With over 100 active wildfires burning in Canada, wildfire smoke has drifted across the border into the United States, prompting Minnesota officials to issue the state’s first air quality alert of 2024.

At least 37 of the 141 active fires burning in Canadian wildfires have been labeled “out of control,” including one that started on Friday in British Columbia and has since spread to 4,200 acres, forcing the evacuation of the small town of Fort Nelson, and the Fort Nelson Indian Reserve, officials said.

Most of the active wildfires, at least 90, are in British Columbia and Alberta provinces.

Smoke rises from the mutual aid wildfire HTZ001 in the High-Level Forest Area, which originated from the Northwest Territories in 2023 but flared due to strong winds, near Indian Cabins, Alberta, Canada, May 10, 2024. (Handout via Reuters)

An image taken through a window shows smoke rising from mutual aid wildfire HTZ001 in the High Level Forest Area, which originated from the Northwest Territories in 2023 but flared due to strong winds, near Indian Cabins, Alberta, Canada May 10, 2024. (Handout via Reuters)

Alberta Wildfire/via Reuters

Canada’s National Preparedness Level increased to level 2 out of 5, meaning “wildland fire activity is increasing within one or more jurisdictions,” according to the Canadian Interagency Forest Fire Center.

In the U.S., smoke from the Canadian wildfires has reached states from Montana to Wisconsin, but was especially heavy in Minnesota on Sunday. Minnesota’s air quality alert was issued Sunday and will remain in place through Monday.

PHOTO: ABC News

Minnesota’s air quality alert was issued Sunday and will remain in place through Monday. (ABC News)

ABC News

The Air Quality Index (AQI) for much of northern Minnesota has been between 150 and 200 today, which is “unhealthy” and at times has gone above the 200 AQI mark, into a “very unhealthy” zone.

Bemidji, a city in northern Minnesota, recorded a 212 AQI on Sunday, where residents could smell the smoke in the air at these levels and placed the town among the worst air quality locations in the world.

Overnight, Minneapolis, Minnesota, was expected to have medium to heavy smoke levels reaching the surface, with officials warning residents, especially those with allergies, to make sure their windows are closed through Monday morning.

By sunrise on Monday, the wildfire smoke in the U.S. was much weaker, with medium levels reaching from Wisconsin to southern Minnesota.

This aerial picture by the Alberta Wildfire Service, taken May 10, 2024, shows smoke from wildfires burning in the Grande prairie forest area, near Teepee Creek, in Alberta, Canada. (Photo by Handout / Alberta Wildfire Service / AFP)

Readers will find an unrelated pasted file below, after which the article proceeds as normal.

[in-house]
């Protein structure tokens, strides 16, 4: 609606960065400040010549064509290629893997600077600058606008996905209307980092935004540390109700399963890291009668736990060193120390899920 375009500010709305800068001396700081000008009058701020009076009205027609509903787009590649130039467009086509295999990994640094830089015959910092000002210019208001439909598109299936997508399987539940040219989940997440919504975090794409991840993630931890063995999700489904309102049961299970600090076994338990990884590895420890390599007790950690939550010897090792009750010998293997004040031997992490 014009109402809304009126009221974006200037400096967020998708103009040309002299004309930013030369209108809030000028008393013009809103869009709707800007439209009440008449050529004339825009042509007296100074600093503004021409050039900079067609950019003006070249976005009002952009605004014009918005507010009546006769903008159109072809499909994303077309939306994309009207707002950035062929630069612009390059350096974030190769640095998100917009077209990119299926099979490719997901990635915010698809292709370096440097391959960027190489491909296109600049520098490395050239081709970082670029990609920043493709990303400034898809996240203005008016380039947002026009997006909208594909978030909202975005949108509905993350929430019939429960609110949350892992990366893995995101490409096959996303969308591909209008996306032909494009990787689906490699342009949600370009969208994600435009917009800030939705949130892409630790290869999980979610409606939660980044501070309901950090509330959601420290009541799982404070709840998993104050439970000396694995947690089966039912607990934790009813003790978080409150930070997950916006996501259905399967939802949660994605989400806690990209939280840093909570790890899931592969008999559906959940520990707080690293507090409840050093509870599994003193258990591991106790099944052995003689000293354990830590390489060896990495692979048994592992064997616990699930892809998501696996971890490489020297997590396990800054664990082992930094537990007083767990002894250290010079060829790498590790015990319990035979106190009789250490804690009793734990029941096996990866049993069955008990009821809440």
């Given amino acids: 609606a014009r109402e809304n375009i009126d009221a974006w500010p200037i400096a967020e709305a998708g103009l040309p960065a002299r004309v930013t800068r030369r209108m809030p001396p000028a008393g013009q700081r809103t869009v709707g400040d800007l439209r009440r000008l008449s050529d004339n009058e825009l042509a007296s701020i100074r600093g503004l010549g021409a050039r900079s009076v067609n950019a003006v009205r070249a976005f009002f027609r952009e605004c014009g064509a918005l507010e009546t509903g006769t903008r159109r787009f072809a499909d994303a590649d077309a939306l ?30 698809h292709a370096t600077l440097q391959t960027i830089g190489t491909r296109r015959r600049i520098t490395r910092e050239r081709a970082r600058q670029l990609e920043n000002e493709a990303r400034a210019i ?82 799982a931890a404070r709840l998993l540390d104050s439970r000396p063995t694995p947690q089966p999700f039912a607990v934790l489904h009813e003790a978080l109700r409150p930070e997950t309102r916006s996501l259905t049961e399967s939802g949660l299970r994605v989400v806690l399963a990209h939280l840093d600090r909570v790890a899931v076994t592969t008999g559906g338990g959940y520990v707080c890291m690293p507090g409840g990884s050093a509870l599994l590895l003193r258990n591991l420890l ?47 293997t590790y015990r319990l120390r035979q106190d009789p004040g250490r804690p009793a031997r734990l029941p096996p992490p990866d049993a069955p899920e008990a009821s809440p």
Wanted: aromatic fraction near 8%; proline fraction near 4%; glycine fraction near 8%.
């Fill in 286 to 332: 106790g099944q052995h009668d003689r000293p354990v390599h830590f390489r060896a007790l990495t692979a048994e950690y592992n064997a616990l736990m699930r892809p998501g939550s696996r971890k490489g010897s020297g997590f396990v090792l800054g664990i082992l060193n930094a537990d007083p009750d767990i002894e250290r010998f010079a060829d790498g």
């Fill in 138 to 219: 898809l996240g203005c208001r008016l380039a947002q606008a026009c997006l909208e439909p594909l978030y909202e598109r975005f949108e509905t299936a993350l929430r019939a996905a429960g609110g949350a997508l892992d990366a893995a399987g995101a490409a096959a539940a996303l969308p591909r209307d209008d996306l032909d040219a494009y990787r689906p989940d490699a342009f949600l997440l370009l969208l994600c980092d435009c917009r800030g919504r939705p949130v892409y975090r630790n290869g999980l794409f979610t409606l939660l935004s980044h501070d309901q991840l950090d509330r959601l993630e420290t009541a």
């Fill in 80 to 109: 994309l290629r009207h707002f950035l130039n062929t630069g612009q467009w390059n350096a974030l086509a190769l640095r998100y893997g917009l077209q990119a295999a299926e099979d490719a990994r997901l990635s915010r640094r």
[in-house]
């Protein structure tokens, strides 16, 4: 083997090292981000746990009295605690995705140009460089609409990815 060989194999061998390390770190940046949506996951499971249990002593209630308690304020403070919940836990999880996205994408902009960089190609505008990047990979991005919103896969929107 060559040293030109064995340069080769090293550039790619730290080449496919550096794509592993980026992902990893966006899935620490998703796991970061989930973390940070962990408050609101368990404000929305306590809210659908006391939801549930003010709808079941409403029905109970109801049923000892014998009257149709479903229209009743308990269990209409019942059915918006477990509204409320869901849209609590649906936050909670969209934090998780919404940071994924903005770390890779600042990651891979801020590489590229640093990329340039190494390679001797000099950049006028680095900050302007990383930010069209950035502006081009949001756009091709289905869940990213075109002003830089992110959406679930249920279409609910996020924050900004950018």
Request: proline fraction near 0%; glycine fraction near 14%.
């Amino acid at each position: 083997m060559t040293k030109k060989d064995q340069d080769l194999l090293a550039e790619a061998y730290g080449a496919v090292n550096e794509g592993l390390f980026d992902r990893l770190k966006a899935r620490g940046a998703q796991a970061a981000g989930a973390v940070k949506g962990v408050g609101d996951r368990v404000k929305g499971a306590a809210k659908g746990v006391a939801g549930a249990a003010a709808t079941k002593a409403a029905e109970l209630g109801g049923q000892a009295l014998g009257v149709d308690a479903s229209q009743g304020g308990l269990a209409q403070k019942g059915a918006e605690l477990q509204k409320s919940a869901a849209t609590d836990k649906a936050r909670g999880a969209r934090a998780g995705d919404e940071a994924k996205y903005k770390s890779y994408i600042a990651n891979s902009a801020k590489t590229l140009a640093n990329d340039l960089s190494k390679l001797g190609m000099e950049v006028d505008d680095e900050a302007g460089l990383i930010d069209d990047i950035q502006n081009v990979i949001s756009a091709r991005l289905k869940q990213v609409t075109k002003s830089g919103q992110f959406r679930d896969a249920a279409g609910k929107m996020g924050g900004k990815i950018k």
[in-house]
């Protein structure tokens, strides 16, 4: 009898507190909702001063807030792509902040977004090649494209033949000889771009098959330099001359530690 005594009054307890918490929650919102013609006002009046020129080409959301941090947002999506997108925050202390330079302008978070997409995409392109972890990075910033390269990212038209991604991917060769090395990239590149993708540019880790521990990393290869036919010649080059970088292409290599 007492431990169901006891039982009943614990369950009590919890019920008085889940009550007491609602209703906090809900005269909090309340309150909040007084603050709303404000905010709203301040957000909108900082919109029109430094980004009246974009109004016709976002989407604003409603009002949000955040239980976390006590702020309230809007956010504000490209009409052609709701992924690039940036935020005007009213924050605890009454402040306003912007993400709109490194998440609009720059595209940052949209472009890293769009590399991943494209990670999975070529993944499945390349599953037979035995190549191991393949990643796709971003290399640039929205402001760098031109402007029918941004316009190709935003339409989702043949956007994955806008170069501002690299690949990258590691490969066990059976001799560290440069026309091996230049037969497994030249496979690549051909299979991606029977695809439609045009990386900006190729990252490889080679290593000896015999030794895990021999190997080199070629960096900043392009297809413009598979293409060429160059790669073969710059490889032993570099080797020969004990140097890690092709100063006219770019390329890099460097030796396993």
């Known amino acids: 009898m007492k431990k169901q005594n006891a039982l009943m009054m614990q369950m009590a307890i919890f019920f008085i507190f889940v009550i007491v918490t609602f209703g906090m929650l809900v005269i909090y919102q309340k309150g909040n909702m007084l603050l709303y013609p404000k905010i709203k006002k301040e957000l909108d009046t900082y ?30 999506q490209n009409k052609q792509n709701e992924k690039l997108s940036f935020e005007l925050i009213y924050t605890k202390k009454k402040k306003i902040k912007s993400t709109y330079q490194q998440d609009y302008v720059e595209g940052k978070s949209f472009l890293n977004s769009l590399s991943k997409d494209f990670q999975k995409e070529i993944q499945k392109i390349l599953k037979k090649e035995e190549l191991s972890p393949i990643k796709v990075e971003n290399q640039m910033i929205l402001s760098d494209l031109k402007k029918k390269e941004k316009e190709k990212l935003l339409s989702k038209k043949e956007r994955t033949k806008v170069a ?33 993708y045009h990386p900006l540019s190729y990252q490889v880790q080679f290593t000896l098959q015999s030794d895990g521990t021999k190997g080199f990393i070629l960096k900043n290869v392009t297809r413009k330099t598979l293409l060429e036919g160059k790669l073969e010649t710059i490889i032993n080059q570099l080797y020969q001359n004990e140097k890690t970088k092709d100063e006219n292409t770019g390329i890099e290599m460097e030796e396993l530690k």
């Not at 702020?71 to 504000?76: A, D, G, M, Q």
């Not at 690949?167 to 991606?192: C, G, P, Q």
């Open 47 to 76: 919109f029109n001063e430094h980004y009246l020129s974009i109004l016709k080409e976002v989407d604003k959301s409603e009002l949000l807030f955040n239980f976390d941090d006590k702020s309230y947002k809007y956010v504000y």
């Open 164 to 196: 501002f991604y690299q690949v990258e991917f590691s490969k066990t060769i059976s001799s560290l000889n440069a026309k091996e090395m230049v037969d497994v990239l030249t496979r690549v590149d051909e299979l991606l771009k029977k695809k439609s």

This aerial handout picture courtesy of the Alberta Wildfire Service, taken May 10, 2024, shows smoke from wildfires burning in the Grande prairie forest area, 4 kilometers east of the town of Teepee Creek, in Alberta, Canada. (Photo by Handout / Alberta Wildfire Service / AFP)

Handout/Alberta Wildfire Service/AFP via

By Monday evening, Omaha, Nebraska, is projected to experience some hazier skies due to the flow of the wildfire smoke.

Year-to-date, there have been more than 950 wildfires in Canada – nearly triple the number from three weeks ago, officials said.

The effects of wildfire smoke are an increasing worry across the United States that is only expected to worsen, according to a study released in February.

By mid-century, the effects of wildfire smoke could bring startling health risks to 125 million Americans, according to the First Street Foundation, a climate-risk data provider.

In June 2023, smoke from the Canadian wildfires blanketed parts of the Northeast and Midwest with a thick, orange haze.

Eighteen states at the time, from Montana to New York and as far south as Georgia, were under air quality alerts, according to AirNow. New York City topped the list of the world’s worst air quality rankings by a landslide, according to IQ Air.

Wildfire smoke poses health risks to everyone, but especially individuals with existing health conditions. It’s associated with strokes, heart disease, respiratory disease, lung cancer, and early death, according to the U.S Environmental Protection Agency.



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